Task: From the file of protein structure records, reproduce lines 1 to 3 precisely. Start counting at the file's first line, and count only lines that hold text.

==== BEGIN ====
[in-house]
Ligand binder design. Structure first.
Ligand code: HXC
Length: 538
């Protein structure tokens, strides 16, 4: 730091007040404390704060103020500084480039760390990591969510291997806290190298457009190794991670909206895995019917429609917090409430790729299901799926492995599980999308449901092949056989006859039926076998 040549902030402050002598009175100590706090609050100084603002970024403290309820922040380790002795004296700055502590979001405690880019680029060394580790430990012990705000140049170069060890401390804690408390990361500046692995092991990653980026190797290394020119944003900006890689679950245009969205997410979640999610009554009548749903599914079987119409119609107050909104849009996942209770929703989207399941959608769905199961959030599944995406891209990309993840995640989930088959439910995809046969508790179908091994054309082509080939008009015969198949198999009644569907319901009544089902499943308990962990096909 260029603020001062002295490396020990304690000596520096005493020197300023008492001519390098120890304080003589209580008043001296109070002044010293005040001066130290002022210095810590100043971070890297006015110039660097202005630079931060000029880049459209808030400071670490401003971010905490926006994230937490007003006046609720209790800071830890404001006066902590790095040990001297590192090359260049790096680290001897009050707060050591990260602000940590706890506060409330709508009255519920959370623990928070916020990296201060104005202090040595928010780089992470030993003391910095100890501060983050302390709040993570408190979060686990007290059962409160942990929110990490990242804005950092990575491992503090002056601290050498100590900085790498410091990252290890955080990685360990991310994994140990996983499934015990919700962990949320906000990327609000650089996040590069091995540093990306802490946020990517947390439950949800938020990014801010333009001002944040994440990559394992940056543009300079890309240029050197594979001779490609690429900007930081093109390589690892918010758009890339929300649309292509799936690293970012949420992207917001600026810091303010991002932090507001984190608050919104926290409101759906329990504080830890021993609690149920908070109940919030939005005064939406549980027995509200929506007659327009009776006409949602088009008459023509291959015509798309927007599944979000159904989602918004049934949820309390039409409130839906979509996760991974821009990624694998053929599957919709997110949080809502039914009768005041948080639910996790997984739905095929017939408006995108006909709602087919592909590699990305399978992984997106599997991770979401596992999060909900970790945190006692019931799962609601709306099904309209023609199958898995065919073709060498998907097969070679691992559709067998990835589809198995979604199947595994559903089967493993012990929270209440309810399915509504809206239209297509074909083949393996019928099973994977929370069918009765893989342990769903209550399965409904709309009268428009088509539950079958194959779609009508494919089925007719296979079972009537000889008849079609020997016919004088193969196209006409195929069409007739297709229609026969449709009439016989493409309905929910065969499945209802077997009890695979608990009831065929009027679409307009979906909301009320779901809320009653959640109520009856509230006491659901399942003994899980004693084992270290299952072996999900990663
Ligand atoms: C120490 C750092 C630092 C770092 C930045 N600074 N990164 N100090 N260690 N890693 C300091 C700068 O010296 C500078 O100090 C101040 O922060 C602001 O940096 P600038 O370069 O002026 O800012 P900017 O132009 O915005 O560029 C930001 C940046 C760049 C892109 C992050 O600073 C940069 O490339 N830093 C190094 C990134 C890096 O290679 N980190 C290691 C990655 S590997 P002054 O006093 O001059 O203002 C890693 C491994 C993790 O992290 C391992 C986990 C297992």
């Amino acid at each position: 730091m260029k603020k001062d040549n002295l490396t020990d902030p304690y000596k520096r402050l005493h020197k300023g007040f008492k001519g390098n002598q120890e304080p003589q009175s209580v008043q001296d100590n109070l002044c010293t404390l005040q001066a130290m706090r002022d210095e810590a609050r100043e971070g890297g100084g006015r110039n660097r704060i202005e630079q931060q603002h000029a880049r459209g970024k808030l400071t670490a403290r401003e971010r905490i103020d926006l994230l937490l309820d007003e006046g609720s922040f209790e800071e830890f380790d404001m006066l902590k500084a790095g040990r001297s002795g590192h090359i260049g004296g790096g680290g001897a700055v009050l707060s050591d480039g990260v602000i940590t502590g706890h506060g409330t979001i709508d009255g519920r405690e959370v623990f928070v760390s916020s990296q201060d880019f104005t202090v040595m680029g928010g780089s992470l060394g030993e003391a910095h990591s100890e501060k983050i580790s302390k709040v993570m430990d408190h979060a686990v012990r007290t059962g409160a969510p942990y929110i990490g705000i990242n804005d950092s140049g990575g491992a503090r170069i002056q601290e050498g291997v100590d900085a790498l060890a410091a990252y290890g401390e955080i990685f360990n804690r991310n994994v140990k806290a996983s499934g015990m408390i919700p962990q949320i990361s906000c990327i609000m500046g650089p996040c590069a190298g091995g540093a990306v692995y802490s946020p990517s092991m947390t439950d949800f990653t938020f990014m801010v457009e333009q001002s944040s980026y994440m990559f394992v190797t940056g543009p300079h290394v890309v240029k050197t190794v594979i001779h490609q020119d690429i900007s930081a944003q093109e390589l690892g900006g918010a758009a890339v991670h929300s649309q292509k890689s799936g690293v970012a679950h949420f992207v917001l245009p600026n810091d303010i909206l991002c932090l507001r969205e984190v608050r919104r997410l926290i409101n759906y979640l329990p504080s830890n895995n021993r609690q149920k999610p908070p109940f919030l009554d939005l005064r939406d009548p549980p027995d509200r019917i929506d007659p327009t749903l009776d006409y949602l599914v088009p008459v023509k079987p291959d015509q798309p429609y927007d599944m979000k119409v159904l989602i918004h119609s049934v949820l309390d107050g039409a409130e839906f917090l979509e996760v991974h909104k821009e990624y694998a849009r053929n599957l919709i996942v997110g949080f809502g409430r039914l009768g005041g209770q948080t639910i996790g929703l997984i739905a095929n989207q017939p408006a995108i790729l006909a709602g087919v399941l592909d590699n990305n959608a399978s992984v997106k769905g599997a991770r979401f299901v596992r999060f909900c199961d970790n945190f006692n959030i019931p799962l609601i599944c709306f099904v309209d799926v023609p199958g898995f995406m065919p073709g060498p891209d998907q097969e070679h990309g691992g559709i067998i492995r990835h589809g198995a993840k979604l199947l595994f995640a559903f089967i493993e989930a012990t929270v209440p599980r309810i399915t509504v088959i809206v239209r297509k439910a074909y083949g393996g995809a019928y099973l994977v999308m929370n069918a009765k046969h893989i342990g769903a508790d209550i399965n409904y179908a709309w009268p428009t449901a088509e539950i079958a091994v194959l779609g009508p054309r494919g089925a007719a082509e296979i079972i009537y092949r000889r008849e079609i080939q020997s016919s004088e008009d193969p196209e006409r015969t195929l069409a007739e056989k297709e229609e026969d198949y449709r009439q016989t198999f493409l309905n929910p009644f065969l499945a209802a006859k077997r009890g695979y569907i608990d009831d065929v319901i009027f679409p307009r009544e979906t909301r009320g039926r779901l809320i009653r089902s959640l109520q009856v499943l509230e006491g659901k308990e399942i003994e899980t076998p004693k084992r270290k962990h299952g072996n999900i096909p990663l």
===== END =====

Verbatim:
[in-house]
Ligand binder design. Structure first.
Ligand code: HXC